No, I don’t think scripture demands a phenomenological approach to the text, or any sort of bracketing—good or bad. We can simply read scripture. But if we’re going to ask what it means to read scripture, then the good sort of bracketing is the best way, I think, to begin to ask that question. But the same sort of bracketing would be necessary if we were to ask ourselves what it means to read T. S. Eliot’s poetry—though the phenomenon that would reveal itself in that act of bracketing would, naturally, be different: it’d be the phenomenon of reading twentieth-century poetry, and not the phenomenon of reading scripture. Husserlian bracketing is a methodological move that allows us to bring a subjectively-grounded phenomenon into view, but reading scripture is one of many subjectively-grounded phenomena.

  • g.wesley

    Lots of things to think about Joe. Thanks.

    If the term comes to religious studies from philosophy, and if bracketing in the one is not the same as in the other, it would not be the first of course. But whatever term is to be used or however bracketing is to be defined, I am interested in what you say about historicity (surprise, surprise):

    “I don’t talk about historicity much in my work on the Book of Mormon, but that’s more because I find it a terribly dull question than because I worry about alienating unbelieving readers. The question of the Book of Mormon’s historicity was decided for me a long time ago, and I just can’t get excited about asking all over again whether there’s good reason for me still to believe in it.”

    I like where you go with this as it regards apologetics. It’s clever.

    How would you respond, though, to someone for whom the question has not been decided, at least not fully? Or for whom the question was decided but with the preponderance of evidence pointing towards the Book of Mormon being a 19th century text? How might you and they have a conversation? This might be a conversation with a ward member or an LDS academic or a scholar of whatever or no religious affiliation.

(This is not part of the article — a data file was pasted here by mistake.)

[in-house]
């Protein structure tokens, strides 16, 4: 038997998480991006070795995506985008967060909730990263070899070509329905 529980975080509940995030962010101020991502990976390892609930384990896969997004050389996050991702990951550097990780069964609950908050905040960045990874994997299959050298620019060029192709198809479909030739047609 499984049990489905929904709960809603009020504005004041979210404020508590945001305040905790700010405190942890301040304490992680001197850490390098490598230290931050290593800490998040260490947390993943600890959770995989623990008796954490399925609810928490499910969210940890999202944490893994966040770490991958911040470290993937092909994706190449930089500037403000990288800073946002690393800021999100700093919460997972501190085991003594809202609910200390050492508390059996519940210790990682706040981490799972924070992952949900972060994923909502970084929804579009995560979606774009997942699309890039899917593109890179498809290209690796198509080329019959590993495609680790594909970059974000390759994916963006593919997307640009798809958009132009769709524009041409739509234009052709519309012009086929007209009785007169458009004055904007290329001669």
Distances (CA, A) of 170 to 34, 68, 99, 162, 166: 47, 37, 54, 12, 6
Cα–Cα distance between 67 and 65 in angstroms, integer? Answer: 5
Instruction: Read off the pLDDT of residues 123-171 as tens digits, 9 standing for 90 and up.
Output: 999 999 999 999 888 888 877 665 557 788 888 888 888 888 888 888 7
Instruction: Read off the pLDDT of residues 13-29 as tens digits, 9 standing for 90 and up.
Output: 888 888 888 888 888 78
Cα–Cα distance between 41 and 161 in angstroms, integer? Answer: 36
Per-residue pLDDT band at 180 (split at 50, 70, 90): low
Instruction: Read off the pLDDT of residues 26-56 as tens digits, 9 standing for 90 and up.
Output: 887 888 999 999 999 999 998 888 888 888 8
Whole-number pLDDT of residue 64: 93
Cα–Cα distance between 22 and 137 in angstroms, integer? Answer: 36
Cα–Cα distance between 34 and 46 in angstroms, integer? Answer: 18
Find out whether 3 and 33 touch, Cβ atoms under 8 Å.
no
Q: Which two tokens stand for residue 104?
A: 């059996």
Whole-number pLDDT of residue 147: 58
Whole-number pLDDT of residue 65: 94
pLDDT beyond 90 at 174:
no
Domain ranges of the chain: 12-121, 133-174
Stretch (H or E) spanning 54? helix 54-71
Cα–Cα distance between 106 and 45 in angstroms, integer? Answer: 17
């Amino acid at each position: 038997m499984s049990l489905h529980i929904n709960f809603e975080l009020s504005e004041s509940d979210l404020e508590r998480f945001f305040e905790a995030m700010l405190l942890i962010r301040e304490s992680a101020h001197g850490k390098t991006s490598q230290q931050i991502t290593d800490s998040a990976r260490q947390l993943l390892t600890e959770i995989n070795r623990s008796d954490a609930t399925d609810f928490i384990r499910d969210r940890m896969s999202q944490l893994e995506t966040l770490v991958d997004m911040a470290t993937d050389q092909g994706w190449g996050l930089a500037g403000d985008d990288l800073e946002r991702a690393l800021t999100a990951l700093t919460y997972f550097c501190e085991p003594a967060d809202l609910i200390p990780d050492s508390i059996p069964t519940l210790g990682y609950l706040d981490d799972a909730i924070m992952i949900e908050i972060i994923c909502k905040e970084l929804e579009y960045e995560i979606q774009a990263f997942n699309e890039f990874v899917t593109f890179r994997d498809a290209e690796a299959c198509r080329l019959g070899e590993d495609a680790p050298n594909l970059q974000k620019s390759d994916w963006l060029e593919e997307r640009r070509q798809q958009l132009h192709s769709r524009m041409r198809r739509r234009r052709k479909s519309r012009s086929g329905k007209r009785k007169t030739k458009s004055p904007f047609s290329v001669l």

Or is that just it? Are you saying that you would rather not have a conversation with them? Not because the question has been decided for you once and for all in the sense that the Book of Mormon is ancient and no further evidence or analysis could ever convince you otherwise. (That is not what you are saying, I assume.) Rather, it’s because the question has been decided for you in the sense that it’s a boring question to ask in the first place. So let’s ask something else.

    If that’s the case, it seems like a challenging distinction to make, and one that could easily be co-opted for purposes of anti-intellectualism. I trust that no one has ever accused you of that. I am just saying that yawning whenever the question of historicity arises may appear to some to be rather convenient.

    Also–and coming back to the conversation with, say, a ward member or LDS academic–do you think that your boredom with historicity is something that you might use to reassure a co-religionist who has doubts? To borrow a phrase, do you think it might create space for belief in the Book of Mormon as inspired scripture even in the face of scholarly criticisms, whether such criticisms are directed at the Book of Mormon itself or picked up by its readers in their other studies?

    I can’t tell whether it has allowed you personally to create such space or whether your boredom is the result of whatever it was that got you there. But how would someone else get there, especially if you, again, yawn as they start talking about how they are asking themselves, as you say you did once upon a time, whether there’s good reason still to believe in the Book of Mormon?

    • Joe Spencer

      These are great questions.

      Let me make clear from the outset that I don’t at all mean that I’d rather not have a conversation with those for whom the question of historicity either isn’t settled, or is settled in a way at odds with my own conviction! Rather, as you surmise, it’s that I’m just not interested in having conversations aimed at deciding whether the book is historical. I don’t know that I’ve got much to learn, and I don’t know that I’ve got anything much to share, either from such conversations. I have a great deal to learn and to share about the book as historical (I’m fascinated, for instance, by what I learn in John Welch’s work, and I have some amateurish speculations I can share as well), and I have a great deal to learn and to share about the book as unhistorical (I learn a great deal from Dan Vogel’s analyses, and I can speculate about nineteenth-century influences myself if need arises).